Bandit camps have some natural defenses in the form of a stockade kind of thing, which the defending Scoundrels often abuse a bit to punch above their weight. Fortunately, my Tigran Shredders can whip their throwing blades around cover, so this is an easy clear.

Clearing the camp gives me a unit of High Elf Longbowmen, who are excellent because they don’t suffer the -50% long-range penalty to damage like other archers do, and a Red Raptor Egg, which will hatch into a special mount if I park it in my inventory for a few turns.

I also discover another settlement, the halfling village of Bittercress. That’s our next target.

Meanwhile, scouting has revealed there’s some juicy higher-end explorable locations to the east of me, as well as a sizable settlement. There’s a lot of twisty mountain paths, so I set Tungail to producing another Cheetah so I can have more eyes over that way.

On turn 3, I finally get to convert my mana node.

Suat Sekh finishes its migration, but it’s still a useless dinky little outpost. Now that the denizens are ghouls, it won’t grow naturally, either — luckily you can set up a Harvester’s Guild to help with that process through the usual unsavory means.

There’s actually a tiny ridge of mountains between Bittercress and Suat Sekh, so my army spends most of the turn just crossing those.

My roaming Cheetah, meanwhile, gets a closer peek at the human town, and discovers that there are two Dungeon sites nearby. This is great. Not only can I explore them to get some random imprisoned units, I’ll also be able to enjoy a massive +60 production bonus once I conquer the town and grow its domain a bit.


the cat respecter
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On turn 4, my research into Whispers of the Fallen is completed, and I face the choice of what to pick next. Researching Lost Souls would give me a floating unit — right now my scouts are constrained significantly by terrain — and unlocked Reanimator research; ultimately your goal with necromancer in the early game is to get Reanimators so that you’re not limited to just your heroes. Stiffen Limbs might also be a good choice because it’s a strong debuff for clearing and there’s other juicy combat spells hiding behind it. In the end, though, I go for Necromancy I (the casting point increase) first, because I have so many Transform Nodes and Undead Plagues I want to be casting soon.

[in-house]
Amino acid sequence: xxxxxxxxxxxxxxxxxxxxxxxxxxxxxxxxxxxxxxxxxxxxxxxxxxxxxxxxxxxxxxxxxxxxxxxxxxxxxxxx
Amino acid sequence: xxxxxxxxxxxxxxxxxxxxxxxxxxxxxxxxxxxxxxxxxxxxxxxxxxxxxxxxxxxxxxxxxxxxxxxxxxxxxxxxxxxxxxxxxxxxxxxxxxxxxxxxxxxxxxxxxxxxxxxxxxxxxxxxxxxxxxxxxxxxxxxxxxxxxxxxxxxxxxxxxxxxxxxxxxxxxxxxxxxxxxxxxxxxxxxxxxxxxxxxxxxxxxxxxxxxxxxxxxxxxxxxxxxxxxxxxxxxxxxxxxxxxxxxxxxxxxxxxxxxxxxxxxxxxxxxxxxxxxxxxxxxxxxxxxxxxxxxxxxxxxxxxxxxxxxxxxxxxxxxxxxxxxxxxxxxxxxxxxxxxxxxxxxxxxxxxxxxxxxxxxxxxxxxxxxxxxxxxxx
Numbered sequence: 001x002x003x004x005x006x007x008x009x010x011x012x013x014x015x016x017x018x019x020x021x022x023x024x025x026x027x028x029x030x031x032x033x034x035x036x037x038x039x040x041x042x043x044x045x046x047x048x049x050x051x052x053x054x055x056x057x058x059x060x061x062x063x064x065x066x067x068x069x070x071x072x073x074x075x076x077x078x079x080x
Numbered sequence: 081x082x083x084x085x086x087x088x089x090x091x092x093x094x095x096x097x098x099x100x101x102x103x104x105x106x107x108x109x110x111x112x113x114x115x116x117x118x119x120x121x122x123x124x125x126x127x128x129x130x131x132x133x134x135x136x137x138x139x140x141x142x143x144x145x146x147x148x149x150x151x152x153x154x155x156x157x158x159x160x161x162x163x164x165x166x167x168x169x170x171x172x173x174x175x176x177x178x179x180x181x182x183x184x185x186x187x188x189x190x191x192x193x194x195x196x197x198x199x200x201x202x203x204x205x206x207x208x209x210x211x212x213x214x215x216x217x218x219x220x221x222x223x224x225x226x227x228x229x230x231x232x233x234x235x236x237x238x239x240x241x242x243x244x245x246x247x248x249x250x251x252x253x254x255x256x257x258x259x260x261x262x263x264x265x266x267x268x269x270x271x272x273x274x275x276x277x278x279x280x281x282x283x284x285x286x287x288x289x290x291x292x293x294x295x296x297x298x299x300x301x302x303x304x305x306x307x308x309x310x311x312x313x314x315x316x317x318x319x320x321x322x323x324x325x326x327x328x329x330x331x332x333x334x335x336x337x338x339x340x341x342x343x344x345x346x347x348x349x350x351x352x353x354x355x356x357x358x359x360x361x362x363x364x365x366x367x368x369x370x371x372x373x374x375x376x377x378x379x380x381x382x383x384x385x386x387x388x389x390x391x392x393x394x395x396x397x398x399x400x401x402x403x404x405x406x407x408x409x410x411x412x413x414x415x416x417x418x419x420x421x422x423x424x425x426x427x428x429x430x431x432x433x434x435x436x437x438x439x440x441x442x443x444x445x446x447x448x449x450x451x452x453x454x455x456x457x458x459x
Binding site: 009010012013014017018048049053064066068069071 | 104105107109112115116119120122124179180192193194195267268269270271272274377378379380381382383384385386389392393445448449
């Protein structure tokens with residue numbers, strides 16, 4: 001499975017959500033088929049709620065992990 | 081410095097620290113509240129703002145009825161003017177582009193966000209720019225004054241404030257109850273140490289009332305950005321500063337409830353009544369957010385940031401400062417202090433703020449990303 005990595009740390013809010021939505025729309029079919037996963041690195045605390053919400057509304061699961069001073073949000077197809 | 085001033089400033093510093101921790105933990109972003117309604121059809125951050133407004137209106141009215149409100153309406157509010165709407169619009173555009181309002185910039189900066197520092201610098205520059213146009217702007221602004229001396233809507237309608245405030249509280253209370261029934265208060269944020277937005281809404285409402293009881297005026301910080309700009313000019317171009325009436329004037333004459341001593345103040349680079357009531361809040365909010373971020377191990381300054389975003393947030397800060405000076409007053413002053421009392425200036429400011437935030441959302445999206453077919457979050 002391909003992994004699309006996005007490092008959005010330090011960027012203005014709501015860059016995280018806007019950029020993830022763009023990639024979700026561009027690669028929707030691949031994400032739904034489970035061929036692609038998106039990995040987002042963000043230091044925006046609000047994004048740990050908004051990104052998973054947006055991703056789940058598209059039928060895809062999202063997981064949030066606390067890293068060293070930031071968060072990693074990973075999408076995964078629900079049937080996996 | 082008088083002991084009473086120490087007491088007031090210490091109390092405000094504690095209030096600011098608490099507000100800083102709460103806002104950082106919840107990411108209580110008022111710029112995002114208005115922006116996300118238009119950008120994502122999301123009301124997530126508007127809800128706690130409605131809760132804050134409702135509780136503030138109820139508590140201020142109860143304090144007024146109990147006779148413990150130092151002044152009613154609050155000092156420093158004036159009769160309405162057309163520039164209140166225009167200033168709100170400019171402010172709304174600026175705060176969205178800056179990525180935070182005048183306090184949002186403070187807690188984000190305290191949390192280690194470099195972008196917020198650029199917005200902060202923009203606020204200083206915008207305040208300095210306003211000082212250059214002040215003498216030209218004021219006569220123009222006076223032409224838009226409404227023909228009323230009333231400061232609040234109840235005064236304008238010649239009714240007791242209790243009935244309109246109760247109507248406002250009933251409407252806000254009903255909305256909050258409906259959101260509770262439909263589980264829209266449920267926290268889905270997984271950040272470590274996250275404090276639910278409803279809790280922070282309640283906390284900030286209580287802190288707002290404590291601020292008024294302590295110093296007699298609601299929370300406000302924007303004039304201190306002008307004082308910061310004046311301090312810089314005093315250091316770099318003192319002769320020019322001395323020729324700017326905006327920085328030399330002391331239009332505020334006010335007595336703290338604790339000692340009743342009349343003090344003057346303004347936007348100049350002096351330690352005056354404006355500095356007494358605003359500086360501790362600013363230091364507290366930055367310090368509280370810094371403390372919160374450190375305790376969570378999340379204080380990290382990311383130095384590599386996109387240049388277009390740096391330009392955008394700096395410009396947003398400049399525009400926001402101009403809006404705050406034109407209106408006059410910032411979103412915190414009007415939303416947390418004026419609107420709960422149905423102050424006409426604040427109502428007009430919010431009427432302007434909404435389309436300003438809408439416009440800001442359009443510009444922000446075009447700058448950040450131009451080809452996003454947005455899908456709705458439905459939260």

Halflings are squishy and kinda goofy, but they compensate for it with the Lucky ability, which helps them outright avoid hits (otherwise the game mechanics have every attack doing some damage).

I really enjoy the natural synergy of Prowlers and Shredders: Shredders inflict Bleeding on their targets, and Prowlers get a damage boost from Bloodthirsty. Prowlers are generally solid troops all around because their Martial Arts ability also reduces damage from retaliatory attacks. They are not, however, particularly good at tanking damage — just durable enough to soak some incidental hits, which is all you need if you’re playing them right.

We massacre the halfings and set the town migrating to Tigran ghouls.

My leader, Nephtys, has gained enough experience from the battle to level up. I buy Protection from Light, which helps reduce some of the undead troops’ natural weaknesses.

North of Doread, my scouts discover Wys-Dragad, a dragon lair. Monster dwellings are like limited-scope cities. This one would require a significant investment but it can produce some really top-notch units when it’s built up. The independent dragons are pretty chill, but since we’re never going to get them to love us anyway, I just preemptively declare war for the alignment boost.

In addition to the twin Dungeons, it turns out Doread is well-positioned to exploit a Crystal Tree. It’s a mana source, but its real value is that it lets you build the Enchanted Armory…

As a Tigran necromancer, I only have one Armored unit I can produce: the Death Bringer. This is still immensely valuable to me because Death Bringers are super great and pumped-up ones are amazing. If I exploit the dungeons, they’ll also get +2 attack and a special ability as well. (I could also keep Doread human and make buffed-up Knights. I’d rather go for Tigran monoculture, though.)

All this work building up Tigran settlements and migrating stuff to Tigrans has unlocked the first level of Tigran Governance. I get to choose either an hp buff for my pikes and cavalry or a cost reduction on building Settlers. I don’t tend to use Sun Guards and Chariots especially much, but I go for that one anyway since I think it’ll make a bigger difference over the next ten turns or so.

For roleplaying purposes, I decide to rename Bittercress to something more suitable Tigran-sounding. It’s now called “Ket.”

There’s some good stuff around — it’ll be a while before these sites are in the village’s domain, but I can get immediate rewards like gold and items for clearing them now anyway — so I set both Nephtys’ and Jafsar’s parties to clearing them.